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Kai Cheng Thom helps you get ready for the apocalypse

The award-winning author's latest, I Hope We Choose Love: A Trans Girl's Notes from the End of the World is "a call for nuance and for love in an apocalypse."

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I Hope We Choose Love: A Trans Girl's Notes From The End of the World
(Arsenal Pulp Press)
Available Now

“Reading is for losers, but watching TV is cool.”

These were the opening remarks from award-winning author Kai Cheng Thom at the release of her book, I Hope We Choose Love: A Trans Girl’s Notes from the End of the World at Venus Envy last week.


Dozens of attendees laughed and cried as Thom—the winner of the Dayne Ogilvie Prize for Emerging LGBT Writers and a Lambda Literary Award nominee—mixed readings of heart-wrenching essays with side-splitting jokes and communal healing exercises, all in front of a wall of dildos. Thom sees collective laughter as a way to bring people together and release feelings of shame. The crowd at Venus Envy got to experience this first-hand.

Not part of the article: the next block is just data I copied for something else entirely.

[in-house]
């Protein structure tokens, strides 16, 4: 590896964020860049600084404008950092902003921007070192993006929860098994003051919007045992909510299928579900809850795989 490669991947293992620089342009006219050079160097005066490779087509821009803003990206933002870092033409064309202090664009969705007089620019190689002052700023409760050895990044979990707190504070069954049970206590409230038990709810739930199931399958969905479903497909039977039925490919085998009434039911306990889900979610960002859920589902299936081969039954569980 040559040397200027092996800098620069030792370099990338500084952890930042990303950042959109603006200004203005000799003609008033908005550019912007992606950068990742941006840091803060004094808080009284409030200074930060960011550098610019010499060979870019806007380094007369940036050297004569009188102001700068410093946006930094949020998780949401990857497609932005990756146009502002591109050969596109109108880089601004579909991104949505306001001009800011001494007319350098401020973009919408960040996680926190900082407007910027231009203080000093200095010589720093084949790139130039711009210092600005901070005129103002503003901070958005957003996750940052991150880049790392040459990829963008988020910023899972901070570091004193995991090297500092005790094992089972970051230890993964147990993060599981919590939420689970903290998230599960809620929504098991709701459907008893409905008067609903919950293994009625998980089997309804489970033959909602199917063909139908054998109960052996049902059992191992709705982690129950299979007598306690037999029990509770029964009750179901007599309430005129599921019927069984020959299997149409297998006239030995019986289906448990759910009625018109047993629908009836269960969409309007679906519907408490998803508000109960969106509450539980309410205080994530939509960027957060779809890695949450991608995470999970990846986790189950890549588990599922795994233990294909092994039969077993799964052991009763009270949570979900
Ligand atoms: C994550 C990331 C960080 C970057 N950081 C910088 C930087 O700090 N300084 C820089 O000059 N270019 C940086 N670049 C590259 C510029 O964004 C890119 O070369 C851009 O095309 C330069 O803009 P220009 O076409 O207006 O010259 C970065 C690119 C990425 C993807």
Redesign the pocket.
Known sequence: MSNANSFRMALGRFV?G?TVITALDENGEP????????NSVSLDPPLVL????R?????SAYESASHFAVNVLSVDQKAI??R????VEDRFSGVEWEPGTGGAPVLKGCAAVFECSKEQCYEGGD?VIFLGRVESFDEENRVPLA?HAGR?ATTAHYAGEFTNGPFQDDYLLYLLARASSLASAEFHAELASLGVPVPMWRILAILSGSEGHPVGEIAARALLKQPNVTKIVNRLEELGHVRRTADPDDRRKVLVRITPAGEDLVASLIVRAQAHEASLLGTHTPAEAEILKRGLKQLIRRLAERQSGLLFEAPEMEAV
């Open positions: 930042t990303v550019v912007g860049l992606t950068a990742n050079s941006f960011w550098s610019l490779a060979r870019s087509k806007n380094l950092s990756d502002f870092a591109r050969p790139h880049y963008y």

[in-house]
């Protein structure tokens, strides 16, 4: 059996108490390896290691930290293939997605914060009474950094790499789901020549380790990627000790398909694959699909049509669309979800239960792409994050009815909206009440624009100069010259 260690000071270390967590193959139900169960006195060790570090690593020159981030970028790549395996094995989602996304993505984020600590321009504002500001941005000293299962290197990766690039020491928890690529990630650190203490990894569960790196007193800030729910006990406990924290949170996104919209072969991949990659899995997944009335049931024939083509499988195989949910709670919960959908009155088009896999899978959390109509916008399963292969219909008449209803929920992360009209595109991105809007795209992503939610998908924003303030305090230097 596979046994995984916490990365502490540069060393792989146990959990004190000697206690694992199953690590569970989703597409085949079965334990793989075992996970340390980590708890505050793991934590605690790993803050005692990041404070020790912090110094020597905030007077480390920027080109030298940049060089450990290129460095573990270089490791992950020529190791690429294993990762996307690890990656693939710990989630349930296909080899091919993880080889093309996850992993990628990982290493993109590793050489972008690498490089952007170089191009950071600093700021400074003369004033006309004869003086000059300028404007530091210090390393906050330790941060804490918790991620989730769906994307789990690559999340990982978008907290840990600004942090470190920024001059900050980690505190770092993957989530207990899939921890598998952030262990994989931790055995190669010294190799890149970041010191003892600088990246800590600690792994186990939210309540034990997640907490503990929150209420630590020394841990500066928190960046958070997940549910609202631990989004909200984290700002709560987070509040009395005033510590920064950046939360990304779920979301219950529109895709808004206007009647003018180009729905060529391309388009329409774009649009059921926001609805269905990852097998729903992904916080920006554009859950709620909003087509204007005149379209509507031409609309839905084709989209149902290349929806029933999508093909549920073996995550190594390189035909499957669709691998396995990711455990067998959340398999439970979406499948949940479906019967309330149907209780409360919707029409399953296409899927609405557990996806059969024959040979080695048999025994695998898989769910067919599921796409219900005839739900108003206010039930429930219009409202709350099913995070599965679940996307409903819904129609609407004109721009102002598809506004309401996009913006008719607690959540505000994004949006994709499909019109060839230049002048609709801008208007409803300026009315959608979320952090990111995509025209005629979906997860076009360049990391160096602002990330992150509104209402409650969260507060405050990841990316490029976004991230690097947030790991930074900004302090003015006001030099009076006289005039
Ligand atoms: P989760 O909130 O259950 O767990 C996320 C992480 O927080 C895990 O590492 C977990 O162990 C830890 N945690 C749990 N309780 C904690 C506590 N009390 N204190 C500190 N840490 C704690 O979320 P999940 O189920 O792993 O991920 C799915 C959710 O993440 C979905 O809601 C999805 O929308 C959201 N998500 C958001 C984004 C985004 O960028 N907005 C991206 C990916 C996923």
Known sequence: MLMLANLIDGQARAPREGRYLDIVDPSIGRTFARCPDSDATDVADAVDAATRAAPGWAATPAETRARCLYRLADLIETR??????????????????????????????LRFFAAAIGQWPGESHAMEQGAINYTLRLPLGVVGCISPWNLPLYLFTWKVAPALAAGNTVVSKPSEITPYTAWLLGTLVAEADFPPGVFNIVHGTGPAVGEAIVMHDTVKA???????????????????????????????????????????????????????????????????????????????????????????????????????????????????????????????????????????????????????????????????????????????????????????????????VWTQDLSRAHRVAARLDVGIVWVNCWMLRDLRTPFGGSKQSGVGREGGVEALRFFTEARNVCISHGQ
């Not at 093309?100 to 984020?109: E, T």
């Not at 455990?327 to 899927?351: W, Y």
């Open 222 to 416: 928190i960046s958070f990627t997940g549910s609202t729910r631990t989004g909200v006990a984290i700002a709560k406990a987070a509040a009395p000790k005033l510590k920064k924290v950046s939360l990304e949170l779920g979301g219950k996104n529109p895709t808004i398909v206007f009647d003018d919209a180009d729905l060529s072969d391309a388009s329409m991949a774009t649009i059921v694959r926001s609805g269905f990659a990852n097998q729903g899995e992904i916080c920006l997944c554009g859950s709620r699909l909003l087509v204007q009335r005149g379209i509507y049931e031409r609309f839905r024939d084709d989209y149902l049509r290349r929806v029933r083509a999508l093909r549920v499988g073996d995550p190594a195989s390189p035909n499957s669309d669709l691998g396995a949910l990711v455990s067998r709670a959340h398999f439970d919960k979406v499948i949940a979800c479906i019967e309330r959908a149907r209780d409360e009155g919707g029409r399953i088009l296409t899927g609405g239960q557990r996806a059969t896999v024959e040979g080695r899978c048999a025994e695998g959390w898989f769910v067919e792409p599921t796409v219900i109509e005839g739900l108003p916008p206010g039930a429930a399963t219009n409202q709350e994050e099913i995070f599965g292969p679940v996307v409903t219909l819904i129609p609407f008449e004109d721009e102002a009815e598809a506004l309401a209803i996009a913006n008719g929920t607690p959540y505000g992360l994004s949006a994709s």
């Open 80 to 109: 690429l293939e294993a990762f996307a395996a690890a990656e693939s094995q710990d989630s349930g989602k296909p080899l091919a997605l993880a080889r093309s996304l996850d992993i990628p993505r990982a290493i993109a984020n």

I Hope We Choose Love, Thom’s fourth book, is a “call for nuance in a time of political polarization, for healing in a time of injustice, and for love in an apocalypse."

Thom emphasizes the book is not called “I think we’ll choose love,” but “I hope we will.”

The author and social media heavyweight says in challenging times it is so easy for anger to become a survival tactic, especially in the queer community: “We know so much about trauma, but so little about how to heal from it,” she says.

Thom hopes we choose the most revolutionary way to face the end of the world: With love for one another. “Love is the only good option in this time of the apocalypse,” Thom says, “what else do we have?”

Thom reads about her dislike of babies (or heteronormative family values), the dangers of callout culture and transformative justice.

When the apocalypse comes for Haligonians? Thom says we have the skills we need. “You’re in Halifax, which is almost like a rural town, I imagine you all know how to grow cheese,” she says.

Thom says her book is for everyone: “No matter who you are or what familiarity you have with the queer community, the notion that we all deserve to be loved and are indispensable will become more relevant.”

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